Puman Khmu in China

The Puman Khmu have only been reported in China
Population
Main Language
Largest Religion
Christian
Evangelical
Progress
Progress Gauge

Introduction / History

The Puman are part of the great Mon-Khmer peoples of Asia. Over the centuries, the Mon-Khmer splintered into numerous groups and today are spread as far as India's Nicobar Islands and Indonesia.

The Puman have been included as part of the Bulang nationality in China, although one linguist notes that they are "not very closely related." The Puman are not the same as the Hu, who live in the same general vicinity and speak a similar language.


What Are Their Lives Like?

Traditionally the Puman cast lots every year before a statue of Buddha to determine where they should farm. Puman women adorn themselves with colorful head scarfs, often decorated with pieces of silver in the shape of shells or fish. This has baffled experts since their region is located far from the coast.


What Are Their Beliefs?

The Puman are devoted members of the Theravada sect of Buddhism. In southwest China the Buddhists have many stories regarding the coming of a savior, a blessed one who fits the description of Jesus Christ in many respects. Missionary William Clifton Dodd, who traveled extensively throughout the region in the 1930s, was intrigued to learn of some of the characteristics of this Theravada Buddhist messiah: "His coming is to be preceded by a falling away from the practice of religion, morality and righteousness. His forerunner shall level every mountain, exalt every valley, make crooked places straight, and rough places smooth. ... Only the pure in heart and life shall be able to see him. But those who see are to be delivered from the thralldom of rebirth. He is to be recognized by his pierced hand. And his religion shall be introduced from the south [Christianity came into southern Yunnan from Thailand], by a man with a white face and a long beard [a description that fits both Donald McGilvary and Dr. Wilson - the first missionaries to bring the gospel to Xishuangbanna]."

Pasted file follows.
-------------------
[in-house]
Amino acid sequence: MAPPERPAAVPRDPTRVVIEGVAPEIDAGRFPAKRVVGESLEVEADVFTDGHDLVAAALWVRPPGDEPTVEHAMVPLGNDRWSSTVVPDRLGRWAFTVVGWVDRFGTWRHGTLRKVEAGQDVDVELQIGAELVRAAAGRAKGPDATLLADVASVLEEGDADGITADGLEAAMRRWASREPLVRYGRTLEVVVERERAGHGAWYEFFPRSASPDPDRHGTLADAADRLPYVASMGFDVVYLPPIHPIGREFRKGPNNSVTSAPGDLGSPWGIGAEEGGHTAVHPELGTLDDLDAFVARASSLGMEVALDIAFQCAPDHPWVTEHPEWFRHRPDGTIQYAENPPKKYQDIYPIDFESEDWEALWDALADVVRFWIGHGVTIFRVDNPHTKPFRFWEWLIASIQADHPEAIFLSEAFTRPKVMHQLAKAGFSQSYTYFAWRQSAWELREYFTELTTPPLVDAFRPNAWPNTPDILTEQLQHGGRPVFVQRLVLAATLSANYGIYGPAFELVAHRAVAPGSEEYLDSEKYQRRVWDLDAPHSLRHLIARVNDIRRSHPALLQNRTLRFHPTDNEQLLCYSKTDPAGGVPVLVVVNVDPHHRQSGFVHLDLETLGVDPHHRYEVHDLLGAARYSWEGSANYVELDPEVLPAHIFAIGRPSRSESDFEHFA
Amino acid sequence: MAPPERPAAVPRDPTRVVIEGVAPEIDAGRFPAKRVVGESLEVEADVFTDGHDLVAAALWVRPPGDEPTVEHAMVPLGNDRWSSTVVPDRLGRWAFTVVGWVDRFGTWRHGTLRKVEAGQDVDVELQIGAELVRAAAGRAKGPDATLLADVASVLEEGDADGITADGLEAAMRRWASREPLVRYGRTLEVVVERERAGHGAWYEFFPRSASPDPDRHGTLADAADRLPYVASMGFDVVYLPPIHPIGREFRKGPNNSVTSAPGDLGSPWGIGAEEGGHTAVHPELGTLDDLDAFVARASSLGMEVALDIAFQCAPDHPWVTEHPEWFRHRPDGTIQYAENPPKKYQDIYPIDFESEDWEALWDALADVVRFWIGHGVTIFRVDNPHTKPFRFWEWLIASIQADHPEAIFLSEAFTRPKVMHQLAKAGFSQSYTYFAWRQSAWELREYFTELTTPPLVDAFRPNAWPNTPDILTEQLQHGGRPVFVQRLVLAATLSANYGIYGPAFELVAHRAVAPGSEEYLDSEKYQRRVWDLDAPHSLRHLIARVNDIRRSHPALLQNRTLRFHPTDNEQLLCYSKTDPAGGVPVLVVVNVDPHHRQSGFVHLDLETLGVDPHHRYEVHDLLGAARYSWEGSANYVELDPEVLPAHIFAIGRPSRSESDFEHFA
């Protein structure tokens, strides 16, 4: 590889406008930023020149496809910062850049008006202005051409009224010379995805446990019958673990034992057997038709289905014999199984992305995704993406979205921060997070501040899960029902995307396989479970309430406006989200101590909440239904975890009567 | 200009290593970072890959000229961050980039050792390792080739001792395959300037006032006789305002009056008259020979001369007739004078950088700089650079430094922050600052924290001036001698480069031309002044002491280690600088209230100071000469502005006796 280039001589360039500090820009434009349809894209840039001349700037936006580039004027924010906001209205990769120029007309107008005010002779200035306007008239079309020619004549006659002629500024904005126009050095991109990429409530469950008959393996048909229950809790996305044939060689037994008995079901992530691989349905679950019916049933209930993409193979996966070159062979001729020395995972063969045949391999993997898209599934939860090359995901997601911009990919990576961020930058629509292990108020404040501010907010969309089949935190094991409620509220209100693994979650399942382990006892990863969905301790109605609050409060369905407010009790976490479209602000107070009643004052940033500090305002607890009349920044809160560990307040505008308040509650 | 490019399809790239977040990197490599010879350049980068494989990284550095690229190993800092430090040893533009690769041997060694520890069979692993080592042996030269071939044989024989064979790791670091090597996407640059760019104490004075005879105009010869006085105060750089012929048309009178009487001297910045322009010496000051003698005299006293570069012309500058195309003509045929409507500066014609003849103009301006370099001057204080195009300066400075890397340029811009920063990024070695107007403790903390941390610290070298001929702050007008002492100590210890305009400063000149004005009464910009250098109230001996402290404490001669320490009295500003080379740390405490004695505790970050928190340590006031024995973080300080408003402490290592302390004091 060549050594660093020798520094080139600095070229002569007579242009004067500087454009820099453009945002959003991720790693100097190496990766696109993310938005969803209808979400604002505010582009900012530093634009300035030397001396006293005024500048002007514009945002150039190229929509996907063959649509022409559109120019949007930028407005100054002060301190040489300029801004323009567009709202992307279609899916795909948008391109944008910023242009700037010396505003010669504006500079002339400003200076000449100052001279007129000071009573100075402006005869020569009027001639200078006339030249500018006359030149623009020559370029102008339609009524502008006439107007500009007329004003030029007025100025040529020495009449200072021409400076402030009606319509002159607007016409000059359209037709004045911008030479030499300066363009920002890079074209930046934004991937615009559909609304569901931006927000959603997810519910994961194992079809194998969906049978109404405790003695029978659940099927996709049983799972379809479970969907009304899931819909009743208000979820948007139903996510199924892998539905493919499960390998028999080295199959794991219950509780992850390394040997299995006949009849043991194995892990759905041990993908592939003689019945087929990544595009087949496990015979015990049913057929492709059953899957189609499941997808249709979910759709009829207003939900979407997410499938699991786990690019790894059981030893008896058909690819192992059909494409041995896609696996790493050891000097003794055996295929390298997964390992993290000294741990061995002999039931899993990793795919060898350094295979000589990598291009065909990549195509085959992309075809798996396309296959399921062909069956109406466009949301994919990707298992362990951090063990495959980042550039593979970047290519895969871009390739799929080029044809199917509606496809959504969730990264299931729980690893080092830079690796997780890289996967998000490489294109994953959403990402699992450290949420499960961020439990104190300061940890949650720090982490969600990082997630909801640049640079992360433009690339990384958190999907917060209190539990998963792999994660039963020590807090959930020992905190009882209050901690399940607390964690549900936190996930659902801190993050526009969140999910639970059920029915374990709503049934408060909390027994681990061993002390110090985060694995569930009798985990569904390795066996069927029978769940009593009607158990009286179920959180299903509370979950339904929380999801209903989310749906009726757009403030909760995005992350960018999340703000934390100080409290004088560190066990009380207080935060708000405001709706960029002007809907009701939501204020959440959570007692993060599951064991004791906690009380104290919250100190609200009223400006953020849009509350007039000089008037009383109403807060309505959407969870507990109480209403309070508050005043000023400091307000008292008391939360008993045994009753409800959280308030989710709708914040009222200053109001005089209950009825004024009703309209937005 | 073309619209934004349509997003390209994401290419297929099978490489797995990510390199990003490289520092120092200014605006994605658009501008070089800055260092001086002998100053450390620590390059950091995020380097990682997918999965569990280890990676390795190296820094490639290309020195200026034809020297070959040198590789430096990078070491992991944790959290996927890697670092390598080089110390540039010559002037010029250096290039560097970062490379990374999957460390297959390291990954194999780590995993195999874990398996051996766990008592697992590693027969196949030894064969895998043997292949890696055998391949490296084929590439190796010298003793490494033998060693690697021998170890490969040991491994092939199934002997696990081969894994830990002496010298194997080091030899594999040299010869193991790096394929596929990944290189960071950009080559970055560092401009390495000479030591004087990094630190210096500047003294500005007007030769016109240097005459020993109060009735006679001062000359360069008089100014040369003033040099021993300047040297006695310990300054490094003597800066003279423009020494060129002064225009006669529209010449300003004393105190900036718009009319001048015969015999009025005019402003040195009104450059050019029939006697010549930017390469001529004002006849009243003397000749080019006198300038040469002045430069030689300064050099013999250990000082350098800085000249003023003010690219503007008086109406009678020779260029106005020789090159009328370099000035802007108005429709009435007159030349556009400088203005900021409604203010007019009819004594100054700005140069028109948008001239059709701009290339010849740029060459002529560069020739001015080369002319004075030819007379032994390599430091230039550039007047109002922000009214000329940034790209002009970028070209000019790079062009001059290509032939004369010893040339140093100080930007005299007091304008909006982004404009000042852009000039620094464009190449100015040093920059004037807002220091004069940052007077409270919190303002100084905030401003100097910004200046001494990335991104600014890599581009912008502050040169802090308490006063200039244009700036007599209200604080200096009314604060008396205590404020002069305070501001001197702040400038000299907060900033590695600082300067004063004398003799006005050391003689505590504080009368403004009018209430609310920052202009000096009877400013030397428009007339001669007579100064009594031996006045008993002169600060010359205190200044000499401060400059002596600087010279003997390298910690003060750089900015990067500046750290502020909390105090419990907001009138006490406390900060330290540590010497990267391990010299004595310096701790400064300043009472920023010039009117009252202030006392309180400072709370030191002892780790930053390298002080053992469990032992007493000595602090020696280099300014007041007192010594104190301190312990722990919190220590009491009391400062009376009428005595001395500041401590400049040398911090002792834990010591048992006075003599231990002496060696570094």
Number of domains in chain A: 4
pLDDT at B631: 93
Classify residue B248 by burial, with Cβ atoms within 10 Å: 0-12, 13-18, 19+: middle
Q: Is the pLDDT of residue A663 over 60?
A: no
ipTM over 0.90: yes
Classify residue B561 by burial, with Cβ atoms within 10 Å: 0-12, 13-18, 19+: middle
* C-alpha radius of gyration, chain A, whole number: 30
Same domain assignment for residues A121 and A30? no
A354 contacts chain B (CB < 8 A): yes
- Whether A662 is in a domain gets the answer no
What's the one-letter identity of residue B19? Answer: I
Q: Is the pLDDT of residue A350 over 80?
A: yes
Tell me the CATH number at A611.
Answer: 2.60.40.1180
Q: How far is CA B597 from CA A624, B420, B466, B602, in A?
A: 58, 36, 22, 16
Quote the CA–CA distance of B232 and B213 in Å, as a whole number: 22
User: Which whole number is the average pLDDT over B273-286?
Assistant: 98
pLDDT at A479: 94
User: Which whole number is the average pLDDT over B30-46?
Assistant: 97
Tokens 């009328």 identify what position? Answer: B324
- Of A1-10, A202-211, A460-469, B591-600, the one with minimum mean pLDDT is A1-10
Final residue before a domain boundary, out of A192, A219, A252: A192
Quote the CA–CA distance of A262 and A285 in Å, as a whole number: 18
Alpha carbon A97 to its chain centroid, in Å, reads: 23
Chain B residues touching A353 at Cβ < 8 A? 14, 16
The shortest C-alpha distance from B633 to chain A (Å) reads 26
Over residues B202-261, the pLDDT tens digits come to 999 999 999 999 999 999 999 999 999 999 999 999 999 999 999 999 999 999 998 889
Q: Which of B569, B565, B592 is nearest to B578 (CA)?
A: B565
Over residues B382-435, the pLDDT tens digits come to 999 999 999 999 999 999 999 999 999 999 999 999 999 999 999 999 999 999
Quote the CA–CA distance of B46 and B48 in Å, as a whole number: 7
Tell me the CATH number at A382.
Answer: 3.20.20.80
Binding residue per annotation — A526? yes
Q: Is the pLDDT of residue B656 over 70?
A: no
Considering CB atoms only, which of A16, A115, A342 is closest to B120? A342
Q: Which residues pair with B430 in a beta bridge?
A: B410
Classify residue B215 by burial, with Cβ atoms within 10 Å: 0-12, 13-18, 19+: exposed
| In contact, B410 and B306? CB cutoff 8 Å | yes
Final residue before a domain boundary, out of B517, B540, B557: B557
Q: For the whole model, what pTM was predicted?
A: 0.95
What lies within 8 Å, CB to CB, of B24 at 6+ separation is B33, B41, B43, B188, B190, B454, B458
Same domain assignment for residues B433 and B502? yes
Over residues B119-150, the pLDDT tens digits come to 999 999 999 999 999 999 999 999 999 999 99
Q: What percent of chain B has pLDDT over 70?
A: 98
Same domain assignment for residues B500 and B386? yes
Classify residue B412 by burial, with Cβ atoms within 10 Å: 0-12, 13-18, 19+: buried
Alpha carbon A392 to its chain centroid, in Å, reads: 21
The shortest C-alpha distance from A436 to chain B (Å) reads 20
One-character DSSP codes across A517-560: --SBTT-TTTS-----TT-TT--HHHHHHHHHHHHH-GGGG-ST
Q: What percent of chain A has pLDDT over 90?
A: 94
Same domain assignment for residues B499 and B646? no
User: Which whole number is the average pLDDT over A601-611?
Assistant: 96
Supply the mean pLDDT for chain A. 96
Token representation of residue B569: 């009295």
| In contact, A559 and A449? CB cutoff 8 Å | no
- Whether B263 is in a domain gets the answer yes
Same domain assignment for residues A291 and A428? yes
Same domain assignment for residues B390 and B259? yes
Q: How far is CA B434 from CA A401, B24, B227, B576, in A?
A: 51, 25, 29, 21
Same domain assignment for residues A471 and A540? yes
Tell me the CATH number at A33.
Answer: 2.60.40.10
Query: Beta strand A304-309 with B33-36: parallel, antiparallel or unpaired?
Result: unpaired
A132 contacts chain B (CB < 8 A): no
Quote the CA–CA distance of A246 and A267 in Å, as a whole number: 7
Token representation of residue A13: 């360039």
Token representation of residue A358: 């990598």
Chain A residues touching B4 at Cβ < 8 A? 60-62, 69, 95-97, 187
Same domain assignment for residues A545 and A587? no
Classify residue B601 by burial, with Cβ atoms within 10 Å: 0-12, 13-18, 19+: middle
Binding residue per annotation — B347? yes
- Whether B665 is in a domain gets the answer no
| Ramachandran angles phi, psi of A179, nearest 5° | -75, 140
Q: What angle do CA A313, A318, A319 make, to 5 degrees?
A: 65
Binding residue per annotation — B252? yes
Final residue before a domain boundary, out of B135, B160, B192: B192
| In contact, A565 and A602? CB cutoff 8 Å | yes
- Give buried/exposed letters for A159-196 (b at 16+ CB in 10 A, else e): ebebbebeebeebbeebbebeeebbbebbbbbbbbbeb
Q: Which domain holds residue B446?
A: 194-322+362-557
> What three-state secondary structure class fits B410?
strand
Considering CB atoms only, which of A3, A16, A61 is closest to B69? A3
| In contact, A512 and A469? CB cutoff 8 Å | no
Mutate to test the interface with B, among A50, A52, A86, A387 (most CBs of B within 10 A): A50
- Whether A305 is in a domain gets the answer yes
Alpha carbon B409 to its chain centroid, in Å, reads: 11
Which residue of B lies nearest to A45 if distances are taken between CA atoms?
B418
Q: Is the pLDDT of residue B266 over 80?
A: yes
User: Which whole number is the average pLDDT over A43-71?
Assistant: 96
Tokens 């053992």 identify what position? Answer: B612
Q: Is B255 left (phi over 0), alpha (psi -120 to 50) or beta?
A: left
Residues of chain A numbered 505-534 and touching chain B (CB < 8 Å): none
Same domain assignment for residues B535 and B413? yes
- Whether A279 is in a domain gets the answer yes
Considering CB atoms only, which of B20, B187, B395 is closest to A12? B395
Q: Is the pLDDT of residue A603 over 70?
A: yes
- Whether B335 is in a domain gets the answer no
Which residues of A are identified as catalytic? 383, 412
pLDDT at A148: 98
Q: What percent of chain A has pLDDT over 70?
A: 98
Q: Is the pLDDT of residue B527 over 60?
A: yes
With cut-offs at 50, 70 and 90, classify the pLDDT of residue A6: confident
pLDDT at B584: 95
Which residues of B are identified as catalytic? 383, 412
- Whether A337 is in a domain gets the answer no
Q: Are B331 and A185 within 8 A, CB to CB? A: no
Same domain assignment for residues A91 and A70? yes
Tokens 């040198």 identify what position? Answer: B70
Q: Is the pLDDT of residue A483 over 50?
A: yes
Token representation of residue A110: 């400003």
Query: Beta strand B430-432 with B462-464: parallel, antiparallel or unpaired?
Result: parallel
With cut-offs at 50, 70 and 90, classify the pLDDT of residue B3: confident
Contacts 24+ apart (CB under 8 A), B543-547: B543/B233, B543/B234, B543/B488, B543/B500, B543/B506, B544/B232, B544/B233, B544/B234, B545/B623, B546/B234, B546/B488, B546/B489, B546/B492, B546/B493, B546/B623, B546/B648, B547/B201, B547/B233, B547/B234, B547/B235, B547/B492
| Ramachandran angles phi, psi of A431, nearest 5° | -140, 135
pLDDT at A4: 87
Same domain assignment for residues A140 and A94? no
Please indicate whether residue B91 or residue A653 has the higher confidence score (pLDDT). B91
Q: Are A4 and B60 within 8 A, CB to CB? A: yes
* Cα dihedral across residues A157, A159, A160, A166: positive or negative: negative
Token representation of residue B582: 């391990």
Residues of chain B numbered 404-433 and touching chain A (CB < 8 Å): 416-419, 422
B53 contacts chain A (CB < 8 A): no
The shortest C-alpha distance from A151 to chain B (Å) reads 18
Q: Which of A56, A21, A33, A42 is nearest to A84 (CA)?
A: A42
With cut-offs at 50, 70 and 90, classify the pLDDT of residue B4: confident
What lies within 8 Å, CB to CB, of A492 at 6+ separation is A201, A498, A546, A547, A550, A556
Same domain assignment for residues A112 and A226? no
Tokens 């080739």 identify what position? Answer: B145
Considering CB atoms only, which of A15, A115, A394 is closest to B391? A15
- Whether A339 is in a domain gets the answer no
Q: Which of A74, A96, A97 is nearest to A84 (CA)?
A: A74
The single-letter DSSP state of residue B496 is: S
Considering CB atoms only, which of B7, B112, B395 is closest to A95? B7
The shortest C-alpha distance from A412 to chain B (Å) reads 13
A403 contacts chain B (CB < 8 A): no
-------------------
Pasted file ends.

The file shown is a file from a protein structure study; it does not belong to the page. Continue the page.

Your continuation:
Despite their belief in a savior, most Puman have yet to hear about Jesus Christ. Locked away in remote mountains and deep forests, few Christians have ever endeavored to take the gospel to them. Robert Morrison, the first Protestant missionary to China, stated, "This Bible is the one thing that can burn gates of brass and penetrate walls of rock. ... I can secretly translate and circulate this book, with the confidence that its divine message will operate with divine power."


What Are Their Needs?

Without the guidance of Christ, these people will be lost in this life and the life to come. They need someone to go to them as Christ-bearers.


Prayer Points

Pray for the Lord to intervene in their families, calling people to his side.

Pray for loving workers.

Pray for their hearts to be drawn to the Lord of lords.

Pray for a church planting movement to thrive in their communities.


Scripture Prayers for the Khmu, Puman in China.


References

Operation China, Asia Harvest, Copyrighted © Used with permission